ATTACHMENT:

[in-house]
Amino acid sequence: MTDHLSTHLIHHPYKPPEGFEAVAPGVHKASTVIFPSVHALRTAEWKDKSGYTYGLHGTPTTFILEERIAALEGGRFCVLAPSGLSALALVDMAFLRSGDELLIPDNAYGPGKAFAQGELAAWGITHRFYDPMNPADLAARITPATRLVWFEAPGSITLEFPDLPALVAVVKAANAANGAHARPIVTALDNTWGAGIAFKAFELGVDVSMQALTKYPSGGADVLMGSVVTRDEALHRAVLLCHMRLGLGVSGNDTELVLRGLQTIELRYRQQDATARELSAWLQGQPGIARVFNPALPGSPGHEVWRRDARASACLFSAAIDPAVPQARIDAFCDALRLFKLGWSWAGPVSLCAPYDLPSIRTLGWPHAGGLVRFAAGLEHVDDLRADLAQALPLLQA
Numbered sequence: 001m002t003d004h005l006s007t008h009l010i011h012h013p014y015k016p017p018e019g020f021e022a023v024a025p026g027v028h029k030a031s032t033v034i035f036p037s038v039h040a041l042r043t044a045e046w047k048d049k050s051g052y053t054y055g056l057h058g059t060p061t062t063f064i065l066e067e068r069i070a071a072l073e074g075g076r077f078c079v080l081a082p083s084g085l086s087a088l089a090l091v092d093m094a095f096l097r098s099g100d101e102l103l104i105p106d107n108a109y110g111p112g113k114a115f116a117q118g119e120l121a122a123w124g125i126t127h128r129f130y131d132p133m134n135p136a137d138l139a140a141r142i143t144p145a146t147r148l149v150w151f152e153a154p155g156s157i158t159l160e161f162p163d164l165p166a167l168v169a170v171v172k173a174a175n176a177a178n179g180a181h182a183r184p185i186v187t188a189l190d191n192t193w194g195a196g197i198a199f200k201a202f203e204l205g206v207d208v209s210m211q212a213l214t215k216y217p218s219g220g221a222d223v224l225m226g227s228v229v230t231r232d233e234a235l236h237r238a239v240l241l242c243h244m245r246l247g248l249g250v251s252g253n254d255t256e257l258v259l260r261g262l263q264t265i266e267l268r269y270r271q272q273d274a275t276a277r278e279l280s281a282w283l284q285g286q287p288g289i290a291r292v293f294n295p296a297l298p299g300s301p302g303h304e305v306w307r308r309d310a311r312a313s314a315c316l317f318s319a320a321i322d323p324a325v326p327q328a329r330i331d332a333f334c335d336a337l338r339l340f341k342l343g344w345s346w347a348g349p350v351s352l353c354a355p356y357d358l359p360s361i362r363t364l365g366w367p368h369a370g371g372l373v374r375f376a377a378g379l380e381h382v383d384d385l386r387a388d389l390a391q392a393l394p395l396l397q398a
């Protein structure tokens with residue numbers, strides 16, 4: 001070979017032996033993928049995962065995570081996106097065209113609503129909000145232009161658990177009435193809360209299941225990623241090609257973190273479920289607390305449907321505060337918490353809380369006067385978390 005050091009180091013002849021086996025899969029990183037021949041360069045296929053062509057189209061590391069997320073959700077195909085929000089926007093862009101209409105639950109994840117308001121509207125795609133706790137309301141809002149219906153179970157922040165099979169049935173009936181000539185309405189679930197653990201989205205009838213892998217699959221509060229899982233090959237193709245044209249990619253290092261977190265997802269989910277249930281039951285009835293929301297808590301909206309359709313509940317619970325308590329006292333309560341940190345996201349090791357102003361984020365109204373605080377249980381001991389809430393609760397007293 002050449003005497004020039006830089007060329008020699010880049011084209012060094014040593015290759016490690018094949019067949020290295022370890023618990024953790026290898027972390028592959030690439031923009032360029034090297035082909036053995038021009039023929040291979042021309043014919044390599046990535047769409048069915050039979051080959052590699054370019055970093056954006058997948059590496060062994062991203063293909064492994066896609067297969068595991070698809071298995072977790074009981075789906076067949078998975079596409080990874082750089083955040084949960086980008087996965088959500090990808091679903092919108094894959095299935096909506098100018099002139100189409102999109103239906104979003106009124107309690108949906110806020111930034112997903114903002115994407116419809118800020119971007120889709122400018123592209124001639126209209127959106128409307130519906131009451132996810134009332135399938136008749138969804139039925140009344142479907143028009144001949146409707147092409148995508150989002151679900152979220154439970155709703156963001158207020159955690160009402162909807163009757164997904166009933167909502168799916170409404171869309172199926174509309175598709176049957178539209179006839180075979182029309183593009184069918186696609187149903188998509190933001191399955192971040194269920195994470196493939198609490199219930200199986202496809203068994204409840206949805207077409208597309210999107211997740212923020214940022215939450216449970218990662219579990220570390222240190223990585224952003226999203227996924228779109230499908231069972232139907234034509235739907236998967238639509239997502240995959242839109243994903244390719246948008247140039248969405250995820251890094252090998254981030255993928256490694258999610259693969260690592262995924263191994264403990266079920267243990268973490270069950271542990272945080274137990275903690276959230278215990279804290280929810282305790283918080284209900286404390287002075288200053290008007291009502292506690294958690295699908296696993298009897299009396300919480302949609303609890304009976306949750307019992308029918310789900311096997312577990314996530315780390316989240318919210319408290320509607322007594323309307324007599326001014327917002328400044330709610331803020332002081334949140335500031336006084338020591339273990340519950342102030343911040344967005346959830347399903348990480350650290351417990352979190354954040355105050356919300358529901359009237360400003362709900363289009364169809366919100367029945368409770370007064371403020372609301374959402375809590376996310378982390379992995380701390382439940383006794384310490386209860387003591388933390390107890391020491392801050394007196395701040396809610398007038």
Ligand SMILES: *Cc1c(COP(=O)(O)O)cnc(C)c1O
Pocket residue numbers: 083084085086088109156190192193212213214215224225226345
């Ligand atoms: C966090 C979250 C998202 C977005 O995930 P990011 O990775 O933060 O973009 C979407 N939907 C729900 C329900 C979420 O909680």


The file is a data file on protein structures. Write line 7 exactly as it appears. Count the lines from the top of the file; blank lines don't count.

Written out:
């Ligand atoms: C966090 C979250 C998202 C977005 O995930 P990011 O990775 O933060 O973009 C979407 N939907 C729900 C329900 C979420 O909680």